A new article in The Guardian highlights the negative impact of counterterrorism laws on the delivery of humanitarian aid, particularly in acute crises such as those unfolding in Somalia, South Sudan, Nigeria and Yemen. Listed terrorist groups operate in three of the four countries.
The article notes that although laws in the UK and U.S. are not currently being used to prosecute well-meaning humanitarian organizations, the laws have a "chilling impact" on organizations that say they need clear guidance from governments. Experts say that these organizations have the right under international humanitarian law to negotiate with non-state parties to a conflict to access populations in need.
A new resource on our website outlines permissible activities for peacebuilders.
The fact sheet is based on statements by U.S. officials in the Holder v. Humanitarian Law Project case. Since that Supreme Court decision, peacebuilders have faced significant uncertainty as to what communications with Foreign Terrorist Organizations (FTOs) remain permissible under the prohibition on material support of terrorism in 18 USC 2339B. The lack of clarity about how it should be interpreted and applied has created a chilling impact on peacebuilding activities, inhibited constitutionally permitted speech and association, and reduced the kinds of contacts that might help prevent/counter violent extremism and terrorism.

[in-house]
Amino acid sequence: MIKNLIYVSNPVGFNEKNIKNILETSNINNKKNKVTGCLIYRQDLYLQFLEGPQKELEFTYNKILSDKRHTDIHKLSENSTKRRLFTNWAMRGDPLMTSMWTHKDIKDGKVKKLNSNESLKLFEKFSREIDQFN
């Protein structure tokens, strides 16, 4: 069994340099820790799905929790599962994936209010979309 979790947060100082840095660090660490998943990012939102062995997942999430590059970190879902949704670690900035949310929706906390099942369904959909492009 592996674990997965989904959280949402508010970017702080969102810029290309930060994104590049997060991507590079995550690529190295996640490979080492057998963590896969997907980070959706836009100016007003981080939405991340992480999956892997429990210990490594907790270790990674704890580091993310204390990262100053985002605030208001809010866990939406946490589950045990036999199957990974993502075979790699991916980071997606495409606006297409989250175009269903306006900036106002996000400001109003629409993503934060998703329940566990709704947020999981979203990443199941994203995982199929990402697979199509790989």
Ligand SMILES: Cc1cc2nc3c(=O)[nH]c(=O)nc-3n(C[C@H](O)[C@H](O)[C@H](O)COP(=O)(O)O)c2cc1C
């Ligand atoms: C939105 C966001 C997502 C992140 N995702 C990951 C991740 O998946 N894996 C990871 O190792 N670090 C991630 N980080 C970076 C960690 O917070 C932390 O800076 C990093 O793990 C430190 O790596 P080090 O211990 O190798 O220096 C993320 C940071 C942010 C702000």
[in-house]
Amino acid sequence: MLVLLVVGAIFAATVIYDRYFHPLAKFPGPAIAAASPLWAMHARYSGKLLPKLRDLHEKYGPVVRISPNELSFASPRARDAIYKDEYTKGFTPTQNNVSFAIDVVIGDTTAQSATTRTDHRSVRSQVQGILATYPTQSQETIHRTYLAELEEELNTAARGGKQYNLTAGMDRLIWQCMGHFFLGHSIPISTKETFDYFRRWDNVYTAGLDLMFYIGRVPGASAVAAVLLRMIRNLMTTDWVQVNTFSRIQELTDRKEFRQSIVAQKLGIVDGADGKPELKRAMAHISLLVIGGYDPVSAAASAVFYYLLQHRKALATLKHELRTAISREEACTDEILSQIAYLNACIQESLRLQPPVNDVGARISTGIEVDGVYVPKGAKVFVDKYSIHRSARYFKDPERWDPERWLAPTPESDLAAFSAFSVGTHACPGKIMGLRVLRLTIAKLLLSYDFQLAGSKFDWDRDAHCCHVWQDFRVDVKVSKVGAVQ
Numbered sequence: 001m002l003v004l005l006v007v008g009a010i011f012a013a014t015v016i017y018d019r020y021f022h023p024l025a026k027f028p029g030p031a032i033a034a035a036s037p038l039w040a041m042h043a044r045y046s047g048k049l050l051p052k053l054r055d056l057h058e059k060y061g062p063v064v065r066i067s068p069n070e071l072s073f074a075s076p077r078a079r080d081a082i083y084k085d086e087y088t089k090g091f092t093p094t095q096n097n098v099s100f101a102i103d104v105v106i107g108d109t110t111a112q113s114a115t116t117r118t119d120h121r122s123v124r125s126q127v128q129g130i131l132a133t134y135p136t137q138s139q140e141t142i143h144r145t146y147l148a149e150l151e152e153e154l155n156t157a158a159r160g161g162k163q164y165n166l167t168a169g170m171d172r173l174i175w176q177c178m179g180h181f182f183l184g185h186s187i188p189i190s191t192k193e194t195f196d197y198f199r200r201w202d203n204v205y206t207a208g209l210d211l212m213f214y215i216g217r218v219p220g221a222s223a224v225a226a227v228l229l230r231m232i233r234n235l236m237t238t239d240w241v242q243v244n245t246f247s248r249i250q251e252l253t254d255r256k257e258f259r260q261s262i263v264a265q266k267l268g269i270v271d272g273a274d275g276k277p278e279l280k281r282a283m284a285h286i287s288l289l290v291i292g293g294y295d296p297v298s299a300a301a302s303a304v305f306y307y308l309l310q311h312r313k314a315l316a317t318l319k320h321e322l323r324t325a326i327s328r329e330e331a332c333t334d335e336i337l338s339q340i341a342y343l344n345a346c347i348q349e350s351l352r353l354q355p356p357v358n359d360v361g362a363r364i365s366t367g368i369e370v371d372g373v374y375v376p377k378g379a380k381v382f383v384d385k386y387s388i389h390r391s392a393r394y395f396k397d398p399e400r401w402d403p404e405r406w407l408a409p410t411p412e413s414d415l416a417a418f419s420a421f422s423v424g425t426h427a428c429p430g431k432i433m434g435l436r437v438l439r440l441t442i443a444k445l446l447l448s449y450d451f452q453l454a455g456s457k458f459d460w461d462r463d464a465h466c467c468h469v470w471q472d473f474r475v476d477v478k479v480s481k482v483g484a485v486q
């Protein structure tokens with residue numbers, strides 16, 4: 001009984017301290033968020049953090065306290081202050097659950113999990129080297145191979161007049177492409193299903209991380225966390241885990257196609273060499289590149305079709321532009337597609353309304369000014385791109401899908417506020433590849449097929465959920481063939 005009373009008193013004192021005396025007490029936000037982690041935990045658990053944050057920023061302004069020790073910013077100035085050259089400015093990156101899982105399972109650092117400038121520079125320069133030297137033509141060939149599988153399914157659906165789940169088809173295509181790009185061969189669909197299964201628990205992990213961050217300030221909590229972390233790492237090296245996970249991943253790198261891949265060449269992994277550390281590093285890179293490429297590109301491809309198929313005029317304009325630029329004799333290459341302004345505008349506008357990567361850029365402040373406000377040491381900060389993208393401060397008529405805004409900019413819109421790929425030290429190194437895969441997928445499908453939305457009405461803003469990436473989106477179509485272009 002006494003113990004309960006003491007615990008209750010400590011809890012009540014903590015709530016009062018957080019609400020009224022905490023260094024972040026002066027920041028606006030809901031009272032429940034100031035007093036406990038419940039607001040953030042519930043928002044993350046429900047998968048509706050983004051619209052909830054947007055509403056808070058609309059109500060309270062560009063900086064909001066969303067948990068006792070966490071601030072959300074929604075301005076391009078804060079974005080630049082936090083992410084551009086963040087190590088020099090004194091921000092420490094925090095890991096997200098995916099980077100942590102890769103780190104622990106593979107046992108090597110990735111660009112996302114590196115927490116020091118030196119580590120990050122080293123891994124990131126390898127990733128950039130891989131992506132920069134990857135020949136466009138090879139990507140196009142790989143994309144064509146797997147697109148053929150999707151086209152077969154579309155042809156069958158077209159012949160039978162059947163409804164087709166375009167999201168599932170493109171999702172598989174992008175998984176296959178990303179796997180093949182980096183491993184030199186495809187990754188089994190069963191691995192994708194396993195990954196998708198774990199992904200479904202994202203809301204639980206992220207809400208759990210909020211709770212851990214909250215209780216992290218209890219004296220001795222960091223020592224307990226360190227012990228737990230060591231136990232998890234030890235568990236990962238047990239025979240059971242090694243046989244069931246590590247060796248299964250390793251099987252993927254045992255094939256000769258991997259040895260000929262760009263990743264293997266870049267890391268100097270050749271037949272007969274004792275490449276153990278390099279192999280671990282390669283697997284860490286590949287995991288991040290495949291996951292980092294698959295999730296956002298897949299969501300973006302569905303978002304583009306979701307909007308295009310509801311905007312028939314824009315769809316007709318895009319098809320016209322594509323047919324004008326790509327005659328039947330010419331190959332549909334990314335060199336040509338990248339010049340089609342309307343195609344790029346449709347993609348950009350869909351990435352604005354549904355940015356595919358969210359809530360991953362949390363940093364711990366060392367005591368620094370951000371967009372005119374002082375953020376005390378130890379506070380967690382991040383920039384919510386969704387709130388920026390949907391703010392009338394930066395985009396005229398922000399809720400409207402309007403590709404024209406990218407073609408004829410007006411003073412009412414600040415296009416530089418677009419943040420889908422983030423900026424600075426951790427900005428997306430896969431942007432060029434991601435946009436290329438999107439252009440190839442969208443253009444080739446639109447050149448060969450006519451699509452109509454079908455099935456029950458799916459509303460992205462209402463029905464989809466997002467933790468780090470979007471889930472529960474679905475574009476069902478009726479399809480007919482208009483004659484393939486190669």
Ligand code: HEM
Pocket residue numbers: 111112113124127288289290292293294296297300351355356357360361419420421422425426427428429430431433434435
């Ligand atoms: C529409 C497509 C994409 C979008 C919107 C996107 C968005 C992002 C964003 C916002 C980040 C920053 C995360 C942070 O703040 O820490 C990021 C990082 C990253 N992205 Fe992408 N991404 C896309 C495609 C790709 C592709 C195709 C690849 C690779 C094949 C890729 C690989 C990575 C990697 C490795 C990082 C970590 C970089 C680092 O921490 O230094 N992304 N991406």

This fact sheet is intended to provide a measure of clarity by drawing on representations made by the government to the Supreme Court during oral argument and in its brief in the litigation regarding what it considers to be permissible communications with listed groups.
The Internal Revenue Service’s Exempt Organizations Division has identified organizations that do international work as a “Strategic Issue Area” for its FY 2017 enforcement program. Learn what this could mean for your organization, and how to be prepared if your organization is selected for audit.
Monday, May 8, 2017
12 noon EDT
*Marc Owens, Partner. Loeb & Loeb LLP and former Director of the Exempt Organizations Division at the IRS, on how the IRS audit process works.
*Alex Reid, Partner, Morgan Lewis, on how to prepare for and survive an IRS audit.